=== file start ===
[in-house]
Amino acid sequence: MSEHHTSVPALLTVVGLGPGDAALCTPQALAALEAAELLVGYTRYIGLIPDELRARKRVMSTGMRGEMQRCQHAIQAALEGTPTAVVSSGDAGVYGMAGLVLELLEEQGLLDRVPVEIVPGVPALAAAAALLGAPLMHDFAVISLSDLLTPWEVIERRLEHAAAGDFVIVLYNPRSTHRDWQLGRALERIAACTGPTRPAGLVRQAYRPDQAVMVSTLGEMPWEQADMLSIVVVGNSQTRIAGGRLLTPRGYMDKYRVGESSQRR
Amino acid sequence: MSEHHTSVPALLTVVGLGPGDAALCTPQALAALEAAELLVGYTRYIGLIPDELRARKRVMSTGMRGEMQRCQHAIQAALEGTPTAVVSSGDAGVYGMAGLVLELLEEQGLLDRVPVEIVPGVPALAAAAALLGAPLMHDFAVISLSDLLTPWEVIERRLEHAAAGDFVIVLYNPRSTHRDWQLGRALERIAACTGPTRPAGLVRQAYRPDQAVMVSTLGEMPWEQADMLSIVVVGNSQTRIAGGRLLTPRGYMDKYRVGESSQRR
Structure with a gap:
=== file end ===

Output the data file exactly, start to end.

[in-house]
Amino acid sequence: MSEHHTSVPALLTVVGLGPGDAALCTPQALAALEAAELLVGYTRYIGLIPDELRARKRVMSTGMRGEMQRCQHAIQAALEGTPTAVVSSGDAGVYGMAGLVLELLEEQGLLDRVPVEIVPGVPALAAAAALLGAPLMHDFAVISLSDLLTPWEVIERRLEHAAAGDFVIVLYNPRSTHRDWQLGRALERIAACTGPTRPAGLVRQAYRPDQAVMVSTLGEMPWEQADMLSIVVVGNSQTRIAGGRLLTPRGYMDKYRVGESSQRR
Amino acid sequence: MSEHHTSVPALLTVVGLGPGDAALCTPQALAALEAAELLVGYTRYIGLIPDELRARKRVMSTGMRGEMQRCQHAIQAALEGTPTAVVSSGDAGVYGMAGLVLELLEEQGLLDRVPVEIVPGVPALAAAAALLGAPLMHDFAVISLSDLLTPWEVIERRLEHAAAGDFVIVLYNPRSTHRDWQLGRALERIAACTGPTRPAGLVRQAYRPDQAVMVSTLGEMPWEQADMLSIVVVGNSQTRIAGGRLLTPRGYMDKYRVGESSQRR
Structure with a gap: